Article by Guelph Today
As the Canadian government prepares to introduce new marijuana legislation, almost 130,000 Canadians have already registered to use medical marijuana to treat a variety of conditions, including pain, nausea, epilepsy and multiple sclerosis.
And it’s not a new phenomenon: medical marijuana use dates back more than 4,000 years.
Linda Parker’s new book, Cannabinoids and the Brain (MIT Press, 2017), reviews scientific evidence of the effects of cannabinoids (chemical compounds found in cannabis) on the brain and behaviour, with a focus on potential therapeutic applications.
“Although there is considerable anecdotal evidence that cannabinoids are therapeutic for several conditions, the question is, is there good evidence for the use of cannabinoids in treating these different disorders?” says Parker, a University of Guelph psychology professor and Canada Research Chair in Behavioural Neuroscience.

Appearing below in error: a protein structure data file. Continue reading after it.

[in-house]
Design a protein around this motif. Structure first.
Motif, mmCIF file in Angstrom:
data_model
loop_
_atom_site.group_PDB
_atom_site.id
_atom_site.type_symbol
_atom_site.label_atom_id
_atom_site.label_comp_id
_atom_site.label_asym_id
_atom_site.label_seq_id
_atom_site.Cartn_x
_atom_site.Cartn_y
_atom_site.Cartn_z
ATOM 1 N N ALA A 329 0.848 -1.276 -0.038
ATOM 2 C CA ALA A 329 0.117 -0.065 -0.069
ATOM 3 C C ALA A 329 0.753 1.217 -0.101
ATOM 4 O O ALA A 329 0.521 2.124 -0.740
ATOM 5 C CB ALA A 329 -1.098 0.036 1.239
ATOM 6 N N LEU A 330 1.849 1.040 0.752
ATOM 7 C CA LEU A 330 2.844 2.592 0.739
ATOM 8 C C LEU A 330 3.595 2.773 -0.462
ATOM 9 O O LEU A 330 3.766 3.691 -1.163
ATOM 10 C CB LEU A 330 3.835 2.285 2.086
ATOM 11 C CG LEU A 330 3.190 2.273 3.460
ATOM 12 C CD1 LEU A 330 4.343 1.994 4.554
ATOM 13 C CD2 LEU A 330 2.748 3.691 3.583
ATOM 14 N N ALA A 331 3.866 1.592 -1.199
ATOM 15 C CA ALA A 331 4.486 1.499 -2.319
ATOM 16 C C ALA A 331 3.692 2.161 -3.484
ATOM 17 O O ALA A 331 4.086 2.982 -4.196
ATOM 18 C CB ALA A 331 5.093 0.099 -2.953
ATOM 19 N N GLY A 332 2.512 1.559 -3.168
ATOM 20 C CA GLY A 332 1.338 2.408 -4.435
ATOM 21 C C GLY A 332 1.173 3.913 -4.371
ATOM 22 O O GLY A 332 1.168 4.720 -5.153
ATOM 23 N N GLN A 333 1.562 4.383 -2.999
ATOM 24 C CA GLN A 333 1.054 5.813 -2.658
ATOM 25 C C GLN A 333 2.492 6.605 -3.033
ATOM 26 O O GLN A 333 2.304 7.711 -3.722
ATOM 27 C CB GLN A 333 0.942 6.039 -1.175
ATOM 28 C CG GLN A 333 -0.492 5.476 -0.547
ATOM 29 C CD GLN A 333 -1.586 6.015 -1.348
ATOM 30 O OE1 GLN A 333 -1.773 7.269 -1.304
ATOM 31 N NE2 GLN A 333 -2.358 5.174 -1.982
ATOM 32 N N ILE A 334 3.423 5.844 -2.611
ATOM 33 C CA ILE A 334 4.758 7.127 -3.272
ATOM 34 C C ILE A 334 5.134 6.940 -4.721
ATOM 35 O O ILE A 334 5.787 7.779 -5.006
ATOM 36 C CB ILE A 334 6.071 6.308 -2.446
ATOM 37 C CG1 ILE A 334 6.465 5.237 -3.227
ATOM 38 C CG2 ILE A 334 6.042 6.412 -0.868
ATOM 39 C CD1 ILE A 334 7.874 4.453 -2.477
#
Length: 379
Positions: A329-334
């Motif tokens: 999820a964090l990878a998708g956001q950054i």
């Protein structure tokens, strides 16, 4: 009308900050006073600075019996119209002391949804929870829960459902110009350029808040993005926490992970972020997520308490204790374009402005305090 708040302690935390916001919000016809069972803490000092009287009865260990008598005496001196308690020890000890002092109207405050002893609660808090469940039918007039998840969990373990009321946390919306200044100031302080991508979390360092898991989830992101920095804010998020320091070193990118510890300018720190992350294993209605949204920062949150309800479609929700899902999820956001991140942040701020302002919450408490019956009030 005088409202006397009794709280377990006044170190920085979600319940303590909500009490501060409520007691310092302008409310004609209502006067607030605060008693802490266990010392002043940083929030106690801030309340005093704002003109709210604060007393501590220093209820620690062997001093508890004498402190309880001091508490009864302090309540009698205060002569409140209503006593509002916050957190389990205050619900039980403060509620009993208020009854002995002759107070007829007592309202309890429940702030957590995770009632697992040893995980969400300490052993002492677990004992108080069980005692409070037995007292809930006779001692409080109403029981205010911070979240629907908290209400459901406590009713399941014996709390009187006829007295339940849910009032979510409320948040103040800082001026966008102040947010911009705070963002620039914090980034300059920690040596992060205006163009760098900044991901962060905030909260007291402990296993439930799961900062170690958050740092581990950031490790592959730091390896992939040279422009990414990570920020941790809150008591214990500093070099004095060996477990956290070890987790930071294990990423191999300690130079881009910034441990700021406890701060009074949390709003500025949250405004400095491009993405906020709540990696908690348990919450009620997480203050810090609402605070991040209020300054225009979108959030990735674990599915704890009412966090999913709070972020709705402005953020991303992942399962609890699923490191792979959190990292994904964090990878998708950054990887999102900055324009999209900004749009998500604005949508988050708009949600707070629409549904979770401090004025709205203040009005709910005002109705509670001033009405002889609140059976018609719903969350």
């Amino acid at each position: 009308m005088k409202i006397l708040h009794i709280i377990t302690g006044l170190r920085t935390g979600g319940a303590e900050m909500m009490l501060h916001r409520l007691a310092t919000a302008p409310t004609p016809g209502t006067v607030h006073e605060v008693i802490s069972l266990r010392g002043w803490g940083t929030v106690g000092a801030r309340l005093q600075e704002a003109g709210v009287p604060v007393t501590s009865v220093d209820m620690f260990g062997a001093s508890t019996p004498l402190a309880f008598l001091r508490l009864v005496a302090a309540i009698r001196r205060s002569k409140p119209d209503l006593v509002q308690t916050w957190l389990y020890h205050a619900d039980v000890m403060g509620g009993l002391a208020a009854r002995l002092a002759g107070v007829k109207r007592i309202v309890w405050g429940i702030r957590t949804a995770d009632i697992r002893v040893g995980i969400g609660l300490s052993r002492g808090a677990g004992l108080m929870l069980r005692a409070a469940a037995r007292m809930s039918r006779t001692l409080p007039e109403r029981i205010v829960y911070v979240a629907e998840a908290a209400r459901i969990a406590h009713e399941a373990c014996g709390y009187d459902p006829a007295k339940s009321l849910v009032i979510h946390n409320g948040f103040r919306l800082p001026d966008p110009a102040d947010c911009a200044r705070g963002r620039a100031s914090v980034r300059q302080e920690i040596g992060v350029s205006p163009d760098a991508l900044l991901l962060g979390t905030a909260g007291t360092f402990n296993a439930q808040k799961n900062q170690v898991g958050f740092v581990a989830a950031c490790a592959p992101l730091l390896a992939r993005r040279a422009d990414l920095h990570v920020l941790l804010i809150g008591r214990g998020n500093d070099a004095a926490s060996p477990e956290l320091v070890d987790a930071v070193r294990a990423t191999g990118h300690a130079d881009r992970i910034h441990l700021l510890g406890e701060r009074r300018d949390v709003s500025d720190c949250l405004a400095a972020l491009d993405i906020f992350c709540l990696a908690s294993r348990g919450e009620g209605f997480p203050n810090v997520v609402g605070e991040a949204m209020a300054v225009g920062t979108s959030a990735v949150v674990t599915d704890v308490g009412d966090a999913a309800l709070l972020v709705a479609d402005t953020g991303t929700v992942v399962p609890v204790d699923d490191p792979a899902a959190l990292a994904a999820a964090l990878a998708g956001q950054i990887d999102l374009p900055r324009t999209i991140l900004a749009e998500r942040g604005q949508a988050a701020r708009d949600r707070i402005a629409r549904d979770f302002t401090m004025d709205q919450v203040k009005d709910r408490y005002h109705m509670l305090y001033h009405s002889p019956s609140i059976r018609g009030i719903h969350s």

Delta-9-Tetrahydrocannabinol (THC) is the main active ingredient in marijuana, acting on cannabinoid receptors throughout the brain and the body.
“When these receptors were discovered in the brain in 1988, it became clear to researchers that the brain must produce chemicals that act on them, as THC does,” says Parker.
In her new book, she describes how these cannabinoid neurotransmitters, called endocannabinoids, were discovered and how they act to play a protective role in brain functioning.